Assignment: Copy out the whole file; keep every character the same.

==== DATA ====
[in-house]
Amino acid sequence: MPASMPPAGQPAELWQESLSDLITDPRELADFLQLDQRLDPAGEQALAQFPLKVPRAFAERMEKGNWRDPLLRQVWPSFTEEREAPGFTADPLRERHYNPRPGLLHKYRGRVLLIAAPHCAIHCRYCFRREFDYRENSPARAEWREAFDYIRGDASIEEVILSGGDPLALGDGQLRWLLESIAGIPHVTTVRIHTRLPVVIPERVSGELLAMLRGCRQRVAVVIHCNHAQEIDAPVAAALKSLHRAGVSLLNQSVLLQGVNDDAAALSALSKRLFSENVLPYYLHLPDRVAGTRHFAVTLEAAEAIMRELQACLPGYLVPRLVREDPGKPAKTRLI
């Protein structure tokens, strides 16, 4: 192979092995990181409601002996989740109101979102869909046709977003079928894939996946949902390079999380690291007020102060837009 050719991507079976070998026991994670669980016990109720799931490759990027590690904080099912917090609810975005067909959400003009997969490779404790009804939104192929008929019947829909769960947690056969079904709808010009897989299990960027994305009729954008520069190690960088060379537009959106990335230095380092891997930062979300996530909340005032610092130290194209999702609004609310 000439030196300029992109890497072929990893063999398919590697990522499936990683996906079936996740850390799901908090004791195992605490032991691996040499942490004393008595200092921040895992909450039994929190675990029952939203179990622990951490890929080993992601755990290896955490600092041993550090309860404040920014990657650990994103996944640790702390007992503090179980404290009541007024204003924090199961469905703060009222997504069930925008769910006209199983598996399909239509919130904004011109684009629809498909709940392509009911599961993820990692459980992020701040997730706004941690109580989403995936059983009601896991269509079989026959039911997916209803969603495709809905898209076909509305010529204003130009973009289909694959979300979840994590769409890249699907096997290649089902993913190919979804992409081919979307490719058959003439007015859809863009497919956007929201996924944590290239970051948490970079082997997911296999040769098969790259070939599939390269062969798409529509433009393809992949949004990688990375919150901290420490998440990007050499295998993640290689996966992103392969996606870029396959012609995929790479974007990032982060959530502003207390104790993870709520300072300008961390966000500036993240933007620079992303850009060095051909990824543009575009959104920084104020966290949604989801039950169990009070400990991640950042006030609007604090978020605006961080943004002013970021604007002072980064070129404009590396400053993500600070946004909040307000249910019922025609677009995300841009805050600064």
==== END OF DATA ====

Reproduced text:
[in-house]
Amino acid sequence: MPASMPPAGQPAELWQESLSDLITDPRELADFLQLDQRLDPAGEQALAQFPLKVPRAFAERMEKGNWRDPLLRQVWPSFTEEREAPGFTADPLRERHYNPRPGLLHKYRGRVLLIAAPHCAIHCRYCFRREFDYRENSPARAEWREAFDYIRGDASIEEVILSGGDPLALGDGQLRWLLESIAGIPHVTTVRIHTRLPVVIPERVSGELLAMLRGCRQRVAVVIHCNHAQEIDAPVAAALKSLHRAGVSLLNQSVLLQGVNDDAAALSALSKRLFSENVLPYYLHLPDRVAGTRHFAVTLEAAEAIMRELQACLPGYLVPRLVREDPGKPAKTRLI
């Protein structure tokens, strides 16, 4: 192979092995990181409601002996989740109101979102869909046709977003079928894939996946949902390079999380690291007020102060837009 050719991507079976070998026991994670669980016990109720799931490759990027590690904080099912917090609810975005067909959400003009997969490779404790009804939104192929008929019947829909769960947690056969079904709808010009897989299990960027994305009729954008520069190690960088060379537009959106990335230095380092891997930062979300996530909340005032610092130290194209999702609004609310 000439030196300029992109890497072929990893063999398919590697990522499936990683996906079936996740850390799901908090004791195992605490032991691996040499942490004393008595200092921040895992909450039994929190675990029952939203179990622990951490890929080993992601755990290896955490600092041993550090309860404040920014990657650990994103996944640790702390007992503090179980404290009541007024204003924090199961469905703060009222997504069930925008769910006209199983598996399909239509919130904004011109684009629809498909709940392509009911599961993820990692459980992020701040997730706004941690109580989403995936059983009601896991269509079989026959039911997916209803969603495709809905898209076909509305010529204003130009973009289909694959979300979840994590769409890249699907096997290649089902993913190919979804992409081919979307490719058959003439007015859809863009497919956007929201996924944590290239970051948490970079082997997911296999040769098969790259070939599939390269062969798409529509433009393809992949949004990688990375919150901290420490998440990007050499295998993640290689996966992103392969996606870029396959012609995929790479974007990032982060959530502003207390104790993870709520300072300008961390966000500036993240933007620079992303850009060095051909990824543009575009959104920084104020966290949604989801039950169990009070400990991640950042006030609007604090978020605006961080943004002013970021604007002072980064070129404009590396400053993500600070946004909040307000249910019922025609677009995300841009805050600064």